Well already you’re standing out from the crowd as a feminist. Two ears, one mouth is my best advice. There are a lot of incredibly hurt people here who will be slow to trust you. Zero unsolicited advice until you’re certain you understand our issues or offense can be taken. Feminist doctrine is not respected as you may be accustomed to. I’ll keep an eye out for you as best I can.

          • Amele Price

            Thanks. One more question though – can I ask for clarification if I’m just not understanding an article because of my more feminist viewpoint? Like with the Patriarchy thing? And on anearformen can I do something other than comment to show that I like something said? I saw the no-female comment policy.

          • Bryan Scandrett

            Sorry? No female comment policy?

          • Amele Price

            I was clicking links and there was a bulletin about it.

            I was just wondering if there was another way I could support something that was being said without being rude and commenting and not keeping in with the policy when I just said I’d try to keep them all.

          • Bryan Scandrett

            OK, misunderstanding. That’s Pauls counseling site, he only counsels men. Considering most of the western Psych industry is mostly a feminist institution, he offers men a male sympathetic service.
            Our comment policy on the other hand is NOT gendered.

            You’re quite free to comment any where you wish. And clarification, intellectualism over emotionalism, will always be respected, by me at least.

          • Amele Price

            Alright, cool. I’ll leave ya’all alone now :)

          • Bryan Scandrett

            Bibo Sez replied to you 2 below.

      • beastwork

        when all you have is a hammer everything looks like a nail. male instituted patriarchy is not the root of all evil in this world… feminists like you that see the world through a singular lens need to reevaluate your messaging.

  • jake

    “The most common reason (and I refuse to use the word “excuse”) given by men is that condoms reduce pleasure”

    “Now think about the same feeling for men, being told they need to slash their primary metric of sexual success for the sake of health safety.”

    I refuse to sleep with a guy if he ask not to use a condom because I know he has done it with other people. When it comes to certain things I don’t tolerate excuses or justifications. Condoms are necessary, easy, and even life saving. Are there some down sides? Yes. Does that justify not using them? In no way.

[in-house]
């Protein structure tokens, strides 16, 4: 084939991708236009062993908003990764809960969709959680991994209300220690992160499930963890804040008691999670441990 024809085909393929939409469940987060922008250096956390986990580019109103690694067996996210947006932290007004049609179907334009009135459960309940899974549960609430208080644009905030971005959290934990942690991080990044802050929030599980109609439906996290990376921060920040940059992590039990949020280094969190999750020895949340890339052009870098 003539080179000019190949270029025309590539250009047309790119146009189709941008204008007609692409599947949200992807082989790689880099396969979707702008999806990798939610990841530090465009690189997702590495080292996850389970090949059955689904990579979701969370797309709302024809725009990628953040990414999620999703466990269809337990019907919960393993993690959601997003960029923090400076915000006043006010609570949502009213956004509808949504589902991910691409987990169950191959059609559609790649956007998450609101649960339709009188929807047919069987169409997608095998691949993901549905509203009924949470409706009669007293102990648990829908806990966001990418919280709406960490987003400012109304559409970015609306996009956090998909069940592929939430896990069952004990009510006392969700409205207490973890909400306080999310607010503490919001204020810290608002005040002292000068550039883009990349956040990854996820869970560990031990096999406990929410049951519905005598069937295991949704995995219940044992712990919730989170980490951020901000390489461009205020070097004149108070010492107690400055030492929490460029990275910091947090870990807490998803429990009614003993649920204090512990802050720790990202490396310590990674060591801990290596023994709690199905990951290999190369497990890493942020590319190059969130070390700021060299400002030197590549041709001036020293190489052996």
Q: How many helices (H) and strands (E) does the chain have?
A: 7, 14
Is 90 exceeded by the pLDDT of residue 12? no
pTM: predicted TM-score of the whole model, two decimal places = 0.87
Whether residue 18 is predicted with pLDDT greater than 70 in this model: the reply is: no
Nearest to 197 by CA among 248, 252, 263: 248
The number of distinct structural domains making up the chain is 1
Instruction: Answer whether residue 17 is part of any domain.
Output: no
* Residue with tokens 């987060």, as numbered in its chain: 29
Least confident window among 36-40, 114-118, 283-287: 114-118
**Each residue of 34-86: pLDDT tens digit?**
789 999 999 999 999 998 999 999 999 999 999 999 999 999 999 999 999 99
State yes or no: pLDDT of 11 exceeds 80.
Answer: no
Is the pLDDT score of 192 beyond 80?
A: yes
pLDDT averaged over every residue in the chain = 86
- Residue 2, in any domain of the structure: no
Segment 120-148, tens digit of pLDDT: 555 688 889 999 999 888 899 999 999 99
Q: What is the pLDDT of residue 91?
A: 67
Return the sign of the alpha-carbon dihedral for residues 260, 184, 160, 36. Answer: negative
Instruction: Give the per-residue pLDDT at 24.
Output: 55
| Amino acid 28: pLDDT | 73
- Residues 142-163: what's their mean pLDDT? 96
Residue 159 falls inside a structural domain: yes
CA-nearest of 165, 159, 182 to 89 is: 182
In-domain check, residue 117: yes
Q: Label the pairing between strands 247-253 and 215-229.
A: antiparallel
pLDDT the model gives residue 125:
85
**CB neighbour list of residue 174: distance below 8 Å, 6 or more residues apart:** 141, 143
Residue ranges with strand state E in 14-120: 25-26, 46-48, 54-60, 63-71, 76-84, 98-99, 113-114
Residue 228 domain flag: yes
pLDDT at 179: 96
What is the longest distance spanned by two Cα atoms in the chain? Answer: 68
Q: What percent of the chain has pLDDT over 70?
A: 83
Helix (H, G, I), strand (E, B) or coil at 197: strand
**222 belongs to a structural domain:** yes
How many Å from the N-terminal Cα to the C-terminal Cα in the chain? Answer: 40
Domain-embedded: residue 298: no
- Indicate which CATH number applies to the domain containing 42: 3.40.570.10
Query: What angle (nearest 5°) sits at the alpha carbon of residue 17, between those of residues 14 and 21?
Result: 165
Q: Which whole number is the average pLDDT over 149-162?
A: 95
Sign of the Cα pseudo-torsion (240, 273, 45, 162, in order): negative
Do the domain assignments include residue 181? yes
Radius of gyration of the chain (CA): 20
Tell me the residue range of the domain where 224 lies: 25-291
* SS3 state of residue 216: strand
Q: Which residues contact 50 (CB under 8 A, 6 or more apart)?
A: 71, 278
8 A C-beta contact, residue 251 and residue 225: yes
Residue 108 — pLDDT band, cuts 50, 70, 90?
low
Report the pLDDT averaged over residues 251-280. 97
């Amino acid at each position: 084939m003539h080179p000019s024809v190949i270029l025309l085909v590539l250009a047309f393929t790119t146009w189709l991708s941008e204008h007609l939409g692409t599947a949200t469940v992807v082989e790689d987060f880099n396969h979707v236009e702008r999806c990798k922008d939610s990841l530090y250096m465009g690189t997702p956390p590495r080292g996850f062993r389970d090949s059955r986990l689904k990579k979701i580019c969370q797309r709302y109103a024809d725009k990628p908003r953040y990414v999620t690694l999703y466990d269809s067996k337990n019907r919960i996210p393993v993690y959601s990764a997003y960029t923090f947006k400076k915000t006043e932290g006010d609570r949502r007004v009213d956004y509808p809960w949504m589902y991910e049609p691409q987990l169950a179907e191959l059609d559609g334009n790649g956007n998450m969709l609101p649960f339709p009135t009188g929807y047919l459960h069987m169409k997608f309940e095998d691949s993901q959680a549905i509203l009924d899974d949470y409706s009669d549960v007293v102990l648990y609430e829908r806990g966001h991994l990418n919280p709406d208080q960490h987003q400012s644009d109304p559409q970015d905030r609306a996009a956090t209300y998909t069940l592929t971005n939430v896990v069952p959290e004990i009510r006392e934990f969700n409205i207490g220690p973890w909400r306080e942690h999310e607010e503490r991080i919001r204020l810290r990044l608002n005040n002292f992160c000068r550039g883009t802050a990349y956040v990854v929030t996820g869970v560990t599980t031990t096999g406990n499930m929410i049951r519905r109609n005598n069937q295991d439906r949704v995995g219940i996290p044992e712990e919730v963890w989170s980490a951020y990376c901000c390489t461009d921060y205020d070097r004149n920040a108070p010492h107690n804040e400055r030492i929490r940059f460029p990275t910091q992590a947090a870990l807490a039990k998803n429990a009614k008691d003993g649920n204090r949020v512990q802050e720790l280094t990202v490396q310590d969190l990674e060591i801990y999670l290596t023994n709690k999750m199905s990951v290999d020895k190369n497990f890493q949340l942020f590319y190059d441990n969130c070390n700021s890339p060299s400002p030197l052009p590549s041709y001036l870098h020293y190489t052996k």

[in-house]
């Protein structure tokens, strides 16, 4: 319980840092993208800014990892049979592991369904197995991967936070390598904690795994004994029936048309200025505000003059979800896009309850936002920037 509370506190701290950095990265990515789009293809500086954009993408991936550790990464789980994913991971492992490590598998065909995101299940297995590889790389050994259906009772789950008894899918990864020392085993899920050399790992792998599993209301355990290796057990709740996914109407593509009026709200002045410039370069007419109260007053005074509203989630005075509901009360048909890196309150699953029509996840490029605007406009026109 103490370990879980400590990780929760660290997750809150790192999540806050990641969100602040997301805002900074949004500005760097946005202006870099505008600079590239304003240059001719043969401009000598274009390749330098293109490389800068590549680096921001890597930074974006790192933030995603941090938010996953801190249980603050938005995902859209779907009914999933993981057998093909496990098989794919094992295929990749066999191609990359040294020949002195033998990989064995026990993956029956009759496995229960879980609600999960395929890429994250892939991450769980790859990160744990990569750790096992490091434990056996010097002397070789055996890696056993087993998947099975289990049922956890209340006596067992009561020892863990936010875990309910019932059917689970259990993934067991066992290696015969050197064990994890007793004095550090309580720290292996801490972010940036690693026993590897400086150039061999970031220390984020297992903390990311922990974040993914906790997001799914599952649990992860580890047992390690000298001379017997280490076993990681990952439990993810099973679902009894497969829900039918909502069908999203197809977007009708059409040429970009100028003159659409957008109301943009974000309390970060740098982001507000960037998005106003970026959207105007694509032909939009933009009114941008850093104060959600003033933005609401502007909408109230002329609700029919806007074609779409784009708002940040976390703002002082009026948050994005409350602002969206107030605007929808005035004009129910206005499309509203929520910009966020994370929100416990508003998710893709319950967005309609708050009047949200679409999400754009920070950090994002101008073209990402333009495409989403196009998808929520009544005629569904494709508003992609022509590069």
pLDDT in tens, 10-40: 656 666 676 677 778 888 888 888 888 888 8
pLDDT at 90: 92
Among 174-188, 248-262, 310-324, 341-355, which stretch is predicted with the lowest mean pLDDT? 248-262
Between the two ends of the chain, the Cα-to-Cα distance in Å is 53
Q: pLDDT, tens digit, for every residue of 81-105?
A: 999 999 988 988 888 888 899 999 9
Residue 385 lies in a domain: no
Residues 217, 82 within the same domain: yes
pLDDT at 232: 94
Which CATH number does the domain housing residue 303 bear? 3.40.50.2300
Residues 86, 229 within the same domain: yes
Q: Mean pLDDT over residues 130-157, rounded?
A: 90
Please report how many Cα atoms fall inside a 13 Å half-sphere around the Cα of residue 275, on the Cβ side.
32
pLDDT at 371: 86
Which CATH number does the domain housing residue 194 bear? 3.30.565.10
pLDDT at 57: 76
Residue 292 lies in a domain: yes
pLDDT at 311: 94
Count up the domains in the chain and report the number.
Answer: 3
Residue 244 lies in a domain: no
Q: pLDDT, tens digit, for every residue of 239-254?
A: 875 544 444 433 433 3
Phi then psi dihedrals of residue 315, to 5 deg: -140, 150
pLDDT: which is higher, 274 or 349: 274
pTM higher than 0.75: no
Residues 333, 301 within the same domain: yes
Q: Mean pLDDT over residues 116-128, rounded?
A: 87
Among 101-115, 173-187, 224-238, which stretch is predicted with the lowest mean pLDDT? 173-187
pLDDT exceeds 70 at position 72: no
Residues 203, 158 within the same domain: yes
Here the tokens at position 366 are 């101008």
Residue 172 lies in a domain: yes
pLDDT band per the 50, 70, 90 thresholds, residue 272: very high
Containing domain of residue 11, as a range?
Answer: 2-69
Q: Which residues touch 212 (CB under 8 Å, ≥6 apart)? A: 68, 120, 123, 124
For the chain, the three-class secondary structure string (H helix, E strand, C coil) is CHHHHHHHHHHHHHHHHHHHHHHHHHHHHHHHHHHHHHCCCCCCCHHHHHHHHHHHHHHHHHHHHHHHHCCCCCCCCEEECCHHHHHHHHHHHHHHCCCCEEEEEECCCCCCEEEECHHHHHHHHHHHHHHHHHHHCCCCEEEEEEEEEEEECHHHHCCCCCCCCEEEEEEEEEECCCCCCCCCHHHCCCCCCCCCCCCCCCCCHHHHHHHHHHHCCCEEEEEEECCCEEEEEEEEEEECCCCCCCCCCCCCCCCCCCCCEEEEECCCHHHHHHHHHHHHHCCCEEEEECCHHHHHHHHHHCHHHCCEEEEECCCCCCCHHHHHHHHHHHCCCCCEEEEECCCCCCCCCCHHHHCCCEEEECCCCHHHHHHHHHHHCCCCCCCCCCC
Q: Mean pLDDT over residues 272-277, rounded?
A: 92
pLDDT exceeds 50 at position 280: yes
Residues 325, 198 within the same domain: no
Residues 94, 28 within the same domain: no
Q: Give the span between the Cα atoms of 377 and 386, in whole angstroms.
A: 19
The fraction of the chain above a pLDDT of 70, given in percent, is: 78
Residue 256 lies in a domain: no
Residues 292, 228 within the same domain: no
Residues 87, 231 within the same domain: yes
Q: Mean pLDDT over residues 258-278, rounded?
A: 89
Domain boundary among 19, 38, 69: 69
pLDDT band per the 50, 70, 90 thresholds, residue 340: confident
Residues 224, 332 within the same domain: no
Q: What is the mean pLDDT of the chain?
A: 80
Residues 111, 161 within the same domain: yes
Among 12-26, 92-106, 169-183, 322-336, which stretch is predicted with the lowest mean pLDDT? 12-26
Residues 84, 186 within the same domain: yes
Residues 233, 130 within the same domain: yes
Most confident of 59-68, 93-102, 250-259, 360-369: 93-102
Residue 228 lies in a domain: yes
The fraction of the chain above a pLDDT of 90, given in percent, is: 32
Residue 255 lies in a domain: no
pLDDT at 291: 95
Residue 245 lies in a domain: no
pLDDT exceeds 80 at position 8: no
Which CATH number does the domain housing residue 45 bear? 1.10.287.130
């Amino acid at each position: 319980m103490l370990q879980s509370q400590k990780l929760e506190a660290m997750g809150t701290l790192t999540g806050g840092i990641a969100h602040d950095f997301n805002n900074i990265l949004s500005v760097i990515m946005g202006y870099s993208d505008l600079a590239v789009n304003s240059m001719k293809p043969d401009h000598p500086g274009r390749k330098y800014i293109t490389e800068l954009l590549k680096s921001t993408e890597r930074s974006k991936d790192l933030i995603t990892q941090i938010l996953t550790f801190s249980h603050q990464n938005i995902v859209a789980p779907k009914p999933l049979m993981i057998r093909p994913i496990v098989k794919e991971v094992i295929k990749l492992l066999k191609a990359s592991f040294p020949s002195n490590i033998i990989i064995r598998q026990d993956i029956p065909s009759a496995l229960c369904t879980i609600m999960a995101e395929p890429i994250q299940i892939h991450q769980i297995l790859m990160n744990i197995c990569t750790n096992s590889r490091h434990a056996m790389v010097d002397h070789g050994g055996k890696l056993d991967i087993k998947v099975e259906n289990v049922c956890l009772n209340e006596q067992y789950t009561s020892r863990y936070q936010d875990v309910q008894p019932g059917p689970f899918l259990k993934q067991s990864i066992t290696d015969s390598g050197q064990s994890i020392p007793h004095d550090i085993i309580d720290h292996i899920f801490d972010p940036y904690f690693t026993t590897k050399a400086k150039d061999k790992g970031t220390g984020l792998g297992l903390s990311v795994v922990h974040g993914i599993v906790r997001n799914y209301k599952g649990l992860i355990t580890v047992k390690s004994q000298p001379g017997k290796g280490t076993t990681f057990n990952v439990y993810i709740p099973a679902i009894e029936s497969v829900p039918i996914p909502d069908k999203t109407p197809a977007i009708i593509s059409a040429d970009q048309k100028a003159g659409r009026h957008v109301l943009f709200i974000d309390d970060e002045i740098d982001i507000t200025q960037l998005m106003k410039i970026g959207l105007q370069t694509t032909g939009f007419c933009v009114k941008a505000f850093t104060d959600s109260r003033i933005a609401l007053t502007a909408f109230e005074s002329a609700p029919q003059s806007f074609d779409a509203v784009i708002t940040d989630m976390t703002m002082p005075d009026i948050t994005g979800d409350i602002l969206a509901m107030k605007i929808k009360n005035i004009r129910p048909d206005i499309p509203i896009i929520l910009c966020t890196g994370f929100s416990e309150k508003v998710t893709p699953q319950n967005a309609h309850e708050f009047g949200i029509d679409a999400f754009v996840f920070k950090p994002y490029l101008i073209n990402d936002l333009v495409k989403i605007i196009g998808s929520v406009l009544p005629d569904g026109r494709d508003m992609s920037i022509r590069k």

You know what is worse than condoms reducing pleasure from sex? AIDs.
    You know what is worse than your ego taking a hit? Herpes.

  • Noelle

    Interesting article. I’ve read the rules so I hope this is an appropriate comment/question. I have an almost 2 year old and I’m pregnant. So we need to start thinking about birth control. We used condoms before we got married (he was my first time, and very vanilla sex before marriage), and I used the pill until we started trying to conceive. The pill greatly reduced my libido so we don’t want to go there again. Neither of us wants the other to get fixed, and my husband doesn’t like the idea of a foreign object lodged in my insides. I kind of thought that men don’t like condoms but never knew why. I understand a little bit from the article, but would really like to know how the “pleasure” is reduced. How does it feel different? I don’t mind condoms really, but not at the expense of any pleasure for my husband.

    • Russell

      Hi Noelle. Regarding your question on the difference in feeling using a condom produces:

      1) Such your finger.

      2) Now put a condom on that finger and suck it again.

      Hope this helps.

      • Noelle

        LOL. I don’t have any condoms!
        I honestly thought men hate condoms and that it would really suck [no pun intended] to use them in a committed, STD tested relationship. So I guess your comment confirms that.

        • driversuz

          There’s always spermicide and diaphragms. Not exactly spontaneous, but better for you than the pill.

  • Antiehypocrite

    Probably because in porn movies condoms are not used therefore it is seen as ‘hotter’